“We spent a lot of money, but had some good nights. We sent guys over there for a month at a time to support the store and every time something would go wrong we’d get a phone call and end up all flying over there. My preference would have been to build the brand domestically and make sure our stores here were aggressive and strong.”

Community marketing

Crust grew organically as a local pizza shop, but marketing became more important to the brand when it took on a franchise model. But while marketing was vital to grow the brand, it was necessary to use Crust’s small budget wisely, targeting the right audiences.

“The focus of the company went from the product as the number one in the early stages (because if we didn’t have a credible product we’d have fallen over), to marketing in order to get the heart foundation tick of approval and then to IT to build the online store,” Anastasiadis says.

“A lot of marketing the stores did was very community based and localised. We didn’t have the budget for big commercials or radio ads, so a lot of the focus was around the community.”

Community-based advertising meant Crust started to resonate with locals who would often buy from Crust because it supported local sporting teams.

“Our marketing success was a combination of social media and a real integration with the community,” Anastasiadis says.

Business over family in family business

One of the toughest challenges for Anastasiadis was managing the governance of Crust given it started as a family business, before becoming a franchise.

“There is a certain level of expectation when you’re dealing with family and you’re walking a jagged line between what’s kosher and what you can and can’t do,” Anastasiadis says. “They expect special treatment and that’s when you have to decide if you’re running a business or a backyard operation. A lot of them were okay with the decisions we made, but a lot also got their knickers in a knot about some of the things.”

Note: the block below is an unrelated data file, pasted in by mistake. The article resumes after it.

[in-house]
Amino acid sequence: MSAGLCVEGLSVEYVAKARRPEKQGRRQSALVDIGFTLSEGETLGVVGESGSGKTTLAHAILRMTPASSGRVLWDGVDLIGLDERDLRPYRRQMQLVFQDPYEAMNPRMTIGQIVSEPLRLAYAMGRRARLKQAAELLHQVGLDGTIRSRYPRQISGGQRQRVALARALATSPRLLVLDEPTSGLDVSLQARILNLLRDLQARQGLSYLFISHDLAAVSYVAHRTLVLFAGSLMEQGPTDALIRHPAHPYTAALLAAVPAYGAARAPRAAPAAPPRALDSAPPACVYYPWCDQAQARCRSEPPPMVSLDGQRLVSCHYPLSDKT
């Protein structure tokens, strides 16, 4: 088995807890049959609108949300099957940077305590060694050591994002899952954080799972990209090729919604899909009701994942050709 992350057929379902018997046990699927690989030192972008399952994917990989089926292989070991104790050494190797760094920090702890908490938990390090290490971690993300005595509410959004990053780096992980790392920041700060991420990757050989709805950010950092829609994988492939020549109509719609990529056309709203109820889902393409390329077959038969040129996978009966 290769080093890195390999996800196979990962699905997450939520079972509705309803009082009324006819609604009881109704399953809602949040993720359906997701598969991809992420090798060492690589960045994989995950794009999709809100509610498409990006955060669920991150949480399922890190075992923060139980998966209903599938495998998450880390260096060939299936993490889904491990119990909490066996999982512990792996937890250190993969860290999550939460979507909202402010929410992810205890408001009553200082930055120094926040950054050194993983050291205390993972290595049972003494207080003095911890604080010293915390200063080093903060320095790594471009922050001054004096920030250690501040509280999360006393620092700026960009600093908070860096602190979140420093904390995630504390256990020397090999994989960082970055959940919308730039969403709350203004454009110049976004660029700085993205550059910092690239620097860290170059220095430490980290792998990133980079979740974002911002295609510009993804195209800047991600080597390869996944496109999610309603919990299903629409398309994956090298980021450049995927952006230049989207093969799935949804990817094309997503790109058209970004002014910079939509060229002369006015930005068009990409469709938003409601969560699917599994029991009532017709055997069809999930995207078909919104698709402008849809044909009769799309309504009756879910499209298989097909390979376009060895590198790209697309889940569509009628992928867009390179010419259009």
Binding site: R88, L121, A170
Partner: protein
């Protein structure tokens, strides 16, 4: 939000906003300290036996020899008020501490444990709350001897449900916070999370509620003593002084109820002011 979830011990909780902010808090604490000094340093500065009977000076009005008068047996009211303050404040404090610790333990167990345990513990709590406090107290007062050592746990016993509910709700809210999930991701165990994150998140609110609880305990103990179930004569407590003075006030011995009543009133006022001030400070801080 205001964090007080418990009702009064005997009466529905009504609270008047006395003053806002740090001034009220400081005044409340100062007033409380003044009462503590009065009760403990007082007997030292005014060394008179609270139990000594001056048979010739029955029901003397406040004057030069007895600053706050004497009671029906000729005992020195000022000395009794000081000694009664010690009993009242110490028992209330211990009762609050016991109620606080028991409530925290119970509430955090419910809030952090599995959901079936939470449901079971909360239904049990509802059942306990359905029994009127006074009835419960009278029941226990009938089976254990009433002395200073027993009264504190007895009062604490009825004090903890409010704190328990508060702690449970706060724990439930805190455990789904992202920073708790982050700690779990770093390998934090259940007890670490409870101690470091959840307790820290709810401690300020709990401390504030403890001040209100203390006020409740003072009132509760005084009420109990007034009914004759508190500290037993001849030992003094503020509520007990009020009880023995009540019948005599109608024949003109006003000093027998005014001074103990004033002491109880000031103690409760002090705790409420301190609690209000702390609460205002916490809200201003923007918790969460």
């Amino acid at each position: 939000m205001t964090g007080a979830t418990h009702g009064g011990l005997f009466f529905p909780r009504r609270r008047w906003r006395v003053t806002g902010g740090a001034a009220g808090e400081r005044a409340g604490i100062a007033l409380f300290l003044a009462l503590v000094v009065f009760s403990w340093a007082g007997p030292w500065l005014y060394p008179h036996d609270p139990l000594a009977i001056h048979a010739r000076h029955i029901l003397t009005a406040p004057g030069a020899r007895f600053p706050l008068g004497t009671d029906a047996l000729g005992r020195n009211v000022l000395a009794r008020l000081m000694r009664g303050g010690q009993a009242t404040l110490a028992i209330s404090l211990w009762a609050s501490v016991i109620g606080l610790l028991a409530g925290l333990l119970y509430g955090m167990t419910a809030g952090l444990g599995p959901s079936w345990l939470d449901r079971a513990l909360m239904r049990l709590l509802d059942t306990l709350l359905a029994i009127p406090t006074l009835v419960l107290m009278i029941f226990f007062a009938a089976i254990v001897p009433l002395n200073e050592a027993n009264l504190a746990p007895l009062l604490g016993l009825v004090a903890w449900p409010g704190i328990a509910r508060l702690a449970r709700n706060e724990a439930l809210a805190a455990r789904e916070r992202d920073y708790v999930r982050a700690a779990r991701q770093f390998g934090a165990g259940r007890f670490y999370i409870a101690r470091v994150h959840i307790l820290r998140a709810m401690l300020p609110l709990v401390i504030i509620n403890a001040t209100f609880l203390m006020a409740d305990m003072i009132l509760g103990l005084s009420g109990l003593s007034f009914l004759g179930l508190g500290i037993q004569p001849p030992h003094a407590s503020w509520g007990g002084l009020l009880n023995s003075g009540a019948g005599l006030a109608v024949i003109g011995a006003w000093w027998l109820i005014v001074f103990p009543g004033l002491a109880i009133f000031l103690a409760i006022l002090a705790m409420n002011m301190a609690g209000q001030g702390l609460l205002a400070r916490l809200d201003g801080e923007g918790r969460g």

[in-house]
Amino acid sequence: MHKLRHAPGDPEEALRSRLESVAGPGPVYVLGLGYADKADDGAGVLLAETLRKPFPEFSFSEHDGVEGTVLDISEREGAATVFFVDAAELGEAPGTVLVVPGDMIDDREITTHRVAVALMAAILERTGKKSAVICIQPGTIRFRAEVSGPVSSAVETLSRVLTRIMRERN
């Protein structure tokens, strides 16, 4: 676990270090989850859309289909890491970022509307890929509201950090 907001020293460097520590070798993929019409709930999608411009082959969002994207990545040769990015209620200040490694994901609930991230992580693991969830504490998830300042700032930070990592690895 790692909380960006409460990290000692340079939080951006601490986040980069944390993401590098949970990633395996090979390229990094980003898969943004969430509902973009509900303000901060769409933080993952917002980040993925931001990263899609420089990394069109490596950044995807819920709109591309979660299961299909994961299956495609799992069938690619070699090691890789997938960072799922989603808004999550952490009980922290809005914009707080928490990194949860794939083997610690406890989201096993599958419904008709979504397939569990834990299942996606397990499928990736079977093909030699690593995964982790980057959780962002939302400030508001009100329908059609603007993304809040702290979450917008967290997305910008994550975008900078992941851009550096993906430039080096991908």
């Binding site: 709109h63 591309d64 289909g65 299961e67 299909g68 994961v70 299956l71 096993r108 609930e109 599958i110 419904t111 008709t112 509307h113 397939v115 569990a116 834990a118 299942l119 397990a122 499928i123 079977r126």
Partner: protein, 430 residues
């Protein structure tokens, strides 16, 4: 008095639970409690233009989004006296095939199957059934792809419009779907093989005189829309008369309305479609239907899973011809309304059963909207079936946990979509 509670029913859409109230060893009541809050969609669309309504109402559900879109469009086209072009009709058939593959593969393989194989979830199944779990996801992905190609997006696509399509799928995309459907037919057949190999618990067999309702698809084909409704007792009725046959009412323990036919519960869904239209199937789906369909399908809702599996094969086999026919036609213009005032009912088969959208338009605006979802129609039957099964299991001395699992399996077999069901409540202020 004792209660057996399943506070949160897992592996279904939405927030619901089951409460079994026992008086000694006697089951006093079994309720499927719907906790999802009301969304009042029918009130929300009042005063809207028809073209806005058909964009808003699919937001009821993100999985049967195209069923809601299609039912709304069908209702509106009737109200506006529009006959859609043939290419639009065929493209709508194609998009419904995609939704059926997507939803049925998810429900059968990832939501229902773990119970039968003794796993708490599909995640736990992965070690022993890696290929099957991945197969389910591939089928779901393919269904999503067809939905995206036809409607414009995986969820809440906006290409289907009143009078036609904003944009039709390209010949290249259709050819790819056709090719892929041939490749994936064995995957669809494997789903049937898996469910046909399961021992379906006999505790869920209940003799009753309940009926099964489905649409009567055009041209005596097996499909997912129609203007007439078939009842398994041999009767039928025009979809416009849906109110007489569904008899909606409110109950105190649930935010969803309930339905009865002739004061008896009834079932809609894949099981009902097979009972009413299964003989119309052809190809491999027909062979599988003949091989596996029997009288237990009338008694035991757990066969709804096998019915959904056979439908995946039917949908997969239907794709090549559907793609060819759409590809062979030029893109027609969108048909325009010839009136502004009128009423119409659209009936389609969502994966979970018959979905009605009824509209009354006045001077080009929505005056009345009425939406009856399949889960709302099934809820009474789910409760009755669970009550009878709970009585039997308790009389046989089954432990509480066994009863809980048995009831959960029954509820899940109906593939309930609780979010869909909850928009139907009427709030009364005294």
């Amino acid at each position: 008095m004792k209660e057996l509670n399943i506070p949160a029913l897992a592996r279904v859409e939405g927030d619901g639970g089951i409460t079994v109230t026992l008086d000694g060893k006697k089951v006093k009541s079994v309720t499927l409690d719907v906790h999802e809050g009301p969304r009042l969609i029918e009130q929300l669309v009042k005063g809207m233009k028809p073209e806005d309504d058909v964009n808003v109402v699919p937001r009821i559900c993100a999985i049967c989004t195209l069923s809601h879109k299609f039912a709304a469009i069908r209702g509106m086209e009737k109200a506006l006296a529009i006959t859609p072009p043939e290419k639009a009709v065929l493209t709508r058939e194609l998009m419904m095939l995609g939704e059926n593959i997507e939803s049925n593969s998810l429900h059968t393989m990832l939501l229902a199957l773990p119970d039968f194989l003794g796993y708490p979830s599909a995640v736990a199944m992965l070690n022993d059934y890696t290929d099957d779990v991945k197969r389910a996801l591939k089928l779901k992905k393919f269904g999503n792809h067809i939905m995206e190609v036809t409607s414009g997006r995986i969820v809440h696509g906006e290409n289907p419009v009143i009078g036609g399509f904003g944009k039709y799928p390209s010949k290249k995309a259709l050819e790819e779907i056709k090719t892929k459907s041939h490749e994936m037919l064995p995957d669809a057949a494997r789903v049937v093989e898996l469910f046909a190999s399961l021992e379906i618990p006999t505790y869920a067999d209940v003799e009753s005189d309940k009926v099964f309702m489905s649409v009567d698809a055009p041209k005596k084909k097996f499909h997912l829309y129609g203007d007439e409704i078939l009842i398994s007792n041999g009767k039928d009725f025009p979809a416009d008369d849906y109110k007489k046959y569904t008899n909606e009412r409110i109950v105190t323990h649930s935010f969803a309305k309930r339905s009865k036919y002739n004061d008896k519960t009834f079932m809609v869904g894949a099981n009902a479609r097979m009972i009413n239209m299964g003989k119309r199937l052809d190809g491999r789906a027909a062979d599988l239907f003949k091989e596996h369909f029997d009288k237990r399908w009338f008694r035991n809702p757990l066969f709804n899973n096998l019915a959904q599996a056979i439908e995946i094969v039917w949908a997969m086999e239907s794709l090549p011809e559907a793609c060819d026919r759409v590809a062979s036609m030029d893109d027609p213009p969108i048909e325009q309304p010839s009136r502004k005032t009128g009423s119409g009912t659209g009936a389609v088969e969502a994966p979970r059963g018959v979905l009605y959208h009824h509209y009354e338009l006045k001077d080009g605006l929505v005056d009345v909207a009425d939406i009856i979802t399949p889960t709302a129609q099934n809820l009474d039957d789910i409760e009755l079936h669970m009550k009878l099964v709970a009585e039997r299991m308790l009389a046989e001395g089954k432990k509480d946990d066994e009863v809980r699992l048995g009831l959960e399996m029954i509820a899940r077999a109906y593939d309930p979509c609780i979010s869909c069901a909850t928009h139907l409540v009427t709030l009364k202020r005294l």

Lucky for Anastasiadis there were no family breakdowns, but on reflection he would have created a family constitution to help with governance. “There were five directors, all family, and there was a certain level of ‘we started this so we’re going to do what we want’.

When we decided to restructure two years ago I wanted to get an HR manager … she lasted four weeks,” Anastasiadis says.

Select franchisees carefully

Selecting the right franchisees can make or break a business, but Anastasiadis says he got it wrong 10- 15 per cent of the time.

“We got it right most of the time, but there probably wasn’t enough emphasis on being diligent and getting the right franchisees in the beginning. This was another mistake on our behalf because where they fitted the criteria and they had the money, nine times out of 10 we’d give them the nod,” he says.

“Very seldom did we knock back franchisees; that’s another thing I’d do differently. Some of the best franchisees though were those who came from a trade background like plumbers and electricians.”

Adapt the culture

As Crust grew, Anastasiadis says it was necessary for its culture to change, even though this upset some family members and franchisees.

“When we first started the business we had a very flat hierarchy, we were very accessible and hands on. This is where the culture of the business changed. We had to go from being very involved, choosing everything like the colour of the pizza boxes and micromanaging to almost a mentoring role,” he says.

“We had to collaborate a lot more, although we did still have to make the hard decisions at the end of the day. But when you have a group of 10 people who have the best interests of the business at heart, nine times out of 10 the right decision will be made.”

It’s all about timing

In the 18 months prior to Crust selling to Retail Food Group, it was approached by three other companies including Boost Juice which were interested in purchasing the company, but with Retail Food Group, the timing was right.

“Retail Food Group came at a time when the directors were ready to exit.

We had 12 great years together, but we knew it was time for a new stage of our lives,” Anastasiadis says.

“They were ruthless. They undertook six months of due diligence and they went through everything with a fine tooth comb.”

This article was reprinted from the New Daily. It first appeared in SmartCompany